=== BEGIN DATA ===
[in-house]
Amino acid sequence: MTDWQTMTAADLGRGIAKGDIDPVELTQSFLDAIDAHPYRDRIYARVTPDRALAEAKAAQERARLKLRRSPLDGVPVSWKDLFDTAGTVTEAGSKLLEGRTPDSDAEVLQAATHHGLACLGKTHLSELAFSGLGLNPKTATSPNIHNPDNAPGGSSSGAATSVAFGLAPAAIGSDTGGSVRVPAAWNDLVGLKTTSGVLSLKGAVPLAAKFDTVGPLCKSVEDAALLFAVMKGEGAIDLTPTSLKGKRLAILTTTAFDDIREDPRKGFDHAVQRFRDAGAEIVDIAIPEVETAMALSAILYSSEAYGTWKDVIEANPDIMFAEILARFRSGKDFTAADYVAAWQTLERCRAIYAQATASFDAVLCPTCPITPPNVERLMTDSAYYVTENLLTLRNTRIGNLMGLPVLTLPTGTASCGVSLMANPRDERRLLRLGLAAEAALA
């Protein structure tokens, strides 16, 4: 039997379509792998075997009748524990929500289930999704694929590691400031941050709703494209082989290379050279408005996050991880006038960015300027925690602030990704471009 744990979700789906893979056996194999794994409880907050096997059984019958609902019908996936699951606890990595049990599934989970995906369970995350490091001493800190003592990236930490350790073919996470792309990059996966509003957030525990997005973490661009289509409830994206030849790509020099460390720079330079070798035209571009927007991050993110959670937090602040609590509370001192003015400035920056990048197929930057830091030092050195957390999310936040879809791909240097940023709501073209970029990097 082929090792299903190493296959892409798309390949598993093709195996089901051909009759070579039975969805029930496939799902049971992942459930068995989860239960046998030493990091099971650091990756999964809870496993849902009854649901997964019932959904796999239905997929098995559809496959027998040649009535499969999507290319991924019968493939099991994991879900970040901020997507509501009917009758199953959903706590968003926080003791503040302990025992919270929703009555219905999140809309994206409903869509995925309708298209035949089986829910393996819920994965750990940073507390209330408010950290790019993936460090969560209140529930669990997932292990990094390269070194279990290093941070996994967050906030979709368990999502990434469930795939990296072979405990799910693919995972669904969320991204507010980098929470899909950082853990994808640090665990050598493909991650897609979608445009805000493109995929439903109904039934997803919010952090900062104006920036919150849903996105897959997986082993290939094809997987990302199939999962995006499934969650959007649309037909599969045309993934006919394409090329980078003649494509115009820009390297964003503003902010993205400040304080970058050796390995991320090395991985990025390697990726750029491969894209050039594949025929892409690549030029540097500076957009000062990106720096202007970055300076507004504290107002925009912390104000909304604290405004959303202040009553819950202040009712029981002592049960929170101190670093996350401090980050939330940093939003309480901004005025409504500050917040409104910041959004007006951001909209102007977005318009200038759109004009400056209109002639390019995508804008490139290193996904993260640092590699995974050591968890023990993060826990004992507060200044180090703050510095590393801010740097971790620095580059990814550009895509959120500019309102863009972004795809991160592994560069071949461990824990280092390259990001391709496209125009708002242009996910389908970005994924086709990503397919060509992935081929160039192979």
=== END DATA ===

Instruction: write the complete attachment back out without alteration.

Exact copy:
[in-house]
Amino acid sequence: MTDWQTMTAADLGRGIAKGDIDPVELTQSFLDAIDAHPYRDRIYARVTPDRALAEAKAAQERARLKLRRSPLDGVPVSWKDLFDTAGTVTEAGSKLLEGRTPDSDAEVLQAATHHGLACLGKTHLSELAFSGLGLNPKTATSPNIHNPDNAPGGSSSGAATSVAFGLAPAAIGSDTGGSVRVPAAWNDLVGLKTTSGVLSLKGAVPLAAKFDTVGPLCKSVEDAALLFAVMKGEGAIDLTPTSLKGKRLAILTTTAFDDIREDPRKGFDHAVQRFRDAGAEIVDIAIPEVETAMALSAILYSSEAYGTWKDVIEANPDIMFAEILARFRSGKDFTAADYVAAWQTLERCRAIYAQATASFDAVLCPTCPITPPNVERLMTDSAYYVTENLLTLRNTRIGNLMGLPVLTLPTGTASCGVSLMANPRDERRLLRLGLAAEAALA
């Protein structure tokens, strides 16, 4: 039997379509792998075997009748524990929500289930999704694929590691400031941050709703494209082989290379050279408005996050991880006038960015300027925690602030990704471009 744990979700789906893979056996194999794994409880907050096997059984019958609902019908996936699951606890990595049990599934989970995906369970995350490091001493800190003592990236930490350790073919996470792309990059996966509003957030525990997005973490661009289509409830994206030849790509020099460390720079330079070798035209571009927007991050993110959670937090602040609590509370001192003015400035920056990048197929930057830091030092050195957390999310936040879809791909240097940023709501073209970029990097 082929090792299903190493296959892409798309390949598993093709195996089901051909009759070579039975969805029930496939799902049971992942459930068995989860239960046998030493990091099971650091990756999964809870496993849902009854649901997964019932959904796999239905997929098995559809496959027998040649009535499969999507290319991924019968493939099991994991879900970040901020997507509501009917009758199953959903706590968003926080003791503040302990025992919270929703009555219905999140809309994206409903869509995925309708298209035949089986829910393996819920994965750990940073507390209330408010950290790019993936460090969560209140529930669990997932292990990094390269070194279990290093941070996994967050906030979709368990999502990434469930795939990296072979405990799910693919995972669904969320991204507010980098929470899909950082853990994808640090665990050598493909991650897609979608445009805000493109995929439903109904039934997803919010952090900062104006920036919150849903996105897959997986082993290939094809997987990302199939999962995006499934969650959007649309037909599969045309993934006919394409090329980078003649494509115009820009390297964003503003902010993205400040304080970058050796390995991320090395991985990025390697990726750029491969894209050039594949025929892409690549030029540097500076957009000062990106720096202007970055300076507004504290107002925009912390104000909304604290405004959303202040009553819950202040009712029981002592049960929170101190670093996350401090980050939330940093939003309480901004005025409504500050917040409104910041959004007006951001909209102007977005318009200038759109004009400056209109002639390019995508804008490139290193996904993260640092590699995974050591968890023990993060826990004992507060200044180090703050510095590393801010740097971790620095580059990814550009895509959120500019309102863009972004795809991160592994560069071949461990824990280092390259990001391709496209125009708002242009996910389908970005994924086709990503397919060509992935081929160039192979």